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Rereading Barbara Baynton's Bush Studies
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The work of Barbara Baynton (1857-1929), a small number of short stories and the novella Human Toll, has prompted a kind of criticism unusual in Australian literary studies: a series of "revaluations" in which noted critics have focused on genre and thereby encouraged attention to a particular story or mode of reading. The difficulty with this approach is that the effect has been to make Baynton's small but canonical oeuvre seem monochromatic; the paradox, that those seeking to affirm Baynton's status as one of Australia's premier colonial writers have diminished it by implying that some stories from her signature collection, Bush Studies, are somehow uneven or atypical. And readings of Baynton as a feminist—which became popular in the 1980s—all too often portray her, implicitly or explicitly, as having produced work that is "ahead of its time" (Krimmer, "New Light" 430). By these means, Baynton is made to seem both culturally anomalous and stylistically problematic. This essay, in contrast, sets out an argument that the value of Baynton's work lies in the coherence of the stories in Bush Studies. The work should be read as a suite, the contrast between the six stories casting new light on each, rather than being simply contradictory or inept. This essay contends that the striking consistency of theme and topos, contrasted with the diversity of style that has so far been the main attraction and puzzle for critics, offers cues for reading the then emerging category of "bush" writing that was said to be distinctively Australian. In so doing, I am taking issue with much of the published criticism on Baynton, a disputation largely confined to footnotes.

Kay Schaffer argues that critical attention to Baynton in the 1960s was associated with the nascent professionalization of Australian literary studies. In this period, as Chris Lee has persuasively shown with reference to the reception of the work of Henry Lawson, the equating of realism (as a literary style) with the work of building a national culture meant a preference for writing which seemed to "record" and authenticate a distinctively Australian bush ethos. On the other hand, it is not clear that criticism of Baynton follows this pattern: A. A. Phillips, writing in the late fifties, set the direction for subsequent readings of Baynton's work with his observations about the predominance of maternal themes (74), the possibility of the stories' resonance with the findings of psychoanalysis (75), and the view that Baynton is "something more than a realist" (76). In fact it was later critics, notably Sally Krimmer and Alan Lawson, who claimed in their introduction to the standard collection of Baynton's writing that the stories "can be seen . . . as a record of Baynton's quest for reality" (xviii). They suggest that it is precisely "the stark reality of Baynton's stories" that makes her uncharacteristic of the 1890s (ix). It is a measure of the degree to which feminist criticism has been shaped by a general antagonism to the national that this apparently atypical quality should appeal to Schaffer, author of Women and the Bush. "Squeaker's Mate," Baynton's most anthologized and most criticized story, is for Schaffer "a superbly ironic critique of the Australian tradition and the impossible position of Woman as she has been constructed within it" (149).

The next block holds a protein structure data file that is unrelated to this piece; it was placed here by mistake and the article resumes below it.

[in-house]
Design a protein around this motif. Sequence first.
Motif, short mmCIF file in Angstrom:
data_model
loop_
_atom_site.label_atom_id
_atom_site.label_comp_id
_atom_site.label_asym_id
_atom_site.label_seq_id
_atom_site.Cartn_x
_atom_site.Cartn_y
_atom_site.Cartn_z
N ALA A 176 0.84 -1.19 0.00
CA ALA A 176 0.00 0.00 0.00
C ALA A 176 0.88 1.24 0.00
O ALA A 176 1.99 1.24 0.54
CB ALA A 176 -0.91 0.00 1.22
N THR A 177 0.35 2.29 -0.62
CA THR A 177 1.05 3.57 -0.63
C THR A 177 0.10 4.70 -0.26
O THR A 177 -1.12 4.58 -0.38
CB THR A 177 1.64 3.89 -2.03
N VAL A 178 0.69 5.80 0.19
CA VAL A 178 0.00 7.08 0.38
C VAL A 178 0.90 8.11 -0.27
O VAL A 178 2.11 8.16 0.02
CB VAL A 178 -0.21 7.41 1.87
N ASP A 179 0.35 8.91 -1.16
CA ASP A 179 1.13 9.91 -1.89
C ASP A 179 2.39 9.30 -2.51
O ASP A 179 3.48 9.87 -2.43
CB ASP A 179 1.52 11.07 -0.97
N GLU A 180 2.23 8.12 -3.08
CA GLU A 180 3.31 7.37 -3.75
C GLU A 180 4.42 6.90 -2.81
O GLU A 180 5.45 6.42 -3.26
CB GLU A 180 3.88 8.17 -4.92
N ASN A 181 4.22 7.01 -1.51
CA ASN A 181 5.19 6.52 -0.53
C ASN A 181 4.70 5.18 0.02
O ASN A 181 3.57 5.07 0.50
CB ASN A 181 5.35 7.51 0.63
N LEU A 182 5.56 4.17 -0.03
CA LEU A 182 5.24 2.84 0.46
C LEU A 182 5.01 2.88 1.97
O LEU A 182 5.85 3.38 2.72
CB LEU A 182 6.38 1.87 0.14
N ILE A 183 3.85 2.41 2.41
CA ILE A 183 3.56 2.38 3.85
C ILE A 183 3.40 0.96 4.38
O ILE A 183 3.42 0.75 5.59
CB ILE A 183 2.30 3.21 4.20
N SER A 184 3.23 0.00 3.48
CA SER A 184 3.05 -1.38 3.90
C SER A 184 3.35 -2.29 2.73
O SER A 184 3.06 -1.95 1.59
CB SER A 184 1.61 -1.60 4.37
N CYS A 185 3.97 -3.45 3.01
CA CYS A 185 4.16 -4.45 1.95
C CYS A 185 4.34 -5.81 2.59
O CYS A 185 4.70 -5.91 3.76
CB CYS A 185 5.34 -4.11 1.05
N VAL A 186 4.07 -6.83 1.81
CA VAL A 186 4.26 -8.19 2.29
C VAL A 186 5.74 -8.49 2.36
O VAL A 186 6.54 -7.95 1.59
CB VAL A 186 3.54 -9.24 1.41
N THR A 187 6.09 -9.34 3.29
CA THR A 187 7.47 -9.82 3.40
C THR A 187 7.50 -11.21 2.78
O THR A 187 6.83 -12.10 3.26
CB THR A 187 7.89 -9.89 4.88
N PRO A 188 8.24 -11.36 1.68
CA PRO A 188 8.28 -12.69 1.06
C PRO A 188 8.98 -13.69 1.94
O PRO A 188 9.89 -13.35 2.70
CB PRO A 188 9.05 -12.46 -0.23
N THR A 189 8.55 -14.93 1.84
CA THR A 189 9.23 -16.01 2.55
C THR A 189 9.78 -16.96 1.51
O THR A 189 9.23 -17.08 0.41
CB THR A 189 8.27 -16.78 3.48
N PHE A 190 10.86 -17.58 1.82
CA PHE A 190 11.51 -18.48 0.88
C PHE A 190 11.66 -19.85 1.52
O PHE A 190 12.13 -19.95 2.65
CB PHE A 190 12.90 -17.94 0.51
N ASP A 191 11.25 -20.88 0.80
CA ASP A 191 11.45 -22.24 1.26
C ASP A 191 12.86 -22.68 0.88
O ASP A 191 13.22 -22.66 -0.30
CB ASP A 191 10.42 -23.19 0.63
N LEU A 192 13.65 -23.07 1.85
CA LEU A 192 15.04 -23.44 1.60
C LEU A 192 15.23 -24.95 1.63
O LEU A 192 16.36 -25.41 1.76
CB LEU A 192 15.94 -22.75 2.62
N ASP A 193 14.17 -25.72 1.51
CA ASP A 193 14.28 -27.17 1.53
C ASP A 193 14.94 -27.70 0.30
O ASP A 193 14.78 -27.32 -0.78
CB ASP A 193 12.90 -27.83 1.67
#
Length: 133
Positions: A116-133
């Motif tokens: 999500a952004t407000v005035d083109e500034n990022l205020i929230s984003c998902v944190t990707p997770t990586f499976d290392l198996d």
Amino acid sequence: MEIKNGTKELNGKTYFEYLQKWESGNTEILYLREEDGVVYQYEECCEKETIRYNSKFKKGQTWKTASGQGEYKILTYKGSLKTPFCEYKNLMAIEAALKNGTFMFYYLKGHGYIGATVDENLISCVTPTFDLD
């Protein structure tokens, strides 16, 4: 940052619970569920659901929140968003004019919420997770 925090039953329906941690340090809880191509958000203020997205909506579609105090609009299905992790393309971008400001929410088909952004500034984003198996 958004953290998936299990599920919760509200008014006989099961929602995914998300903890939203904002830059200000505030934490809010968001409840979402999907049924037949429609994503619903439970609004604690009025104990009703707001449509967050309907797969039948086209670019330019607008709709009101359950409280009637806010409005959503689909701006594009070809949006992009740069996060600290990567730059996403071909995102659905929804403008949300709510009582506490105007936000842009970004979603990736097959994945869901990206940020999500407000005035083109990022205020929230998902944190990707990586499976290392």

Since this work of the 1970s and 1980s, a small group of leading critics, notably Susan Sheridan, Shirley Walker, and Laurie Hergenhan, have proposed nuanced readings which see Baynton's work in terms of a mixture of Gothic, fantasy, and horror traditions (Sheridan); as mixing realist, melodramatic, and modernist modes (Walker); and as naturalism (Hergenhan). Perhaps the key point here is this from Sheridan: that "Baynton has often been read as a realist writer, but one who offends by drifting out of control into melodrama or sentimentality or who distracts from the Gothic mode by being too satirical" (21). Just as important are Krimmer and Lawson, notably their assertion that "although the six stories are separate, the recurrent themes, imagery and situations help to unify the book. The stories form a composite symbolic narrative to which each contributes a distinctive and memorable part" (xviii). This view...



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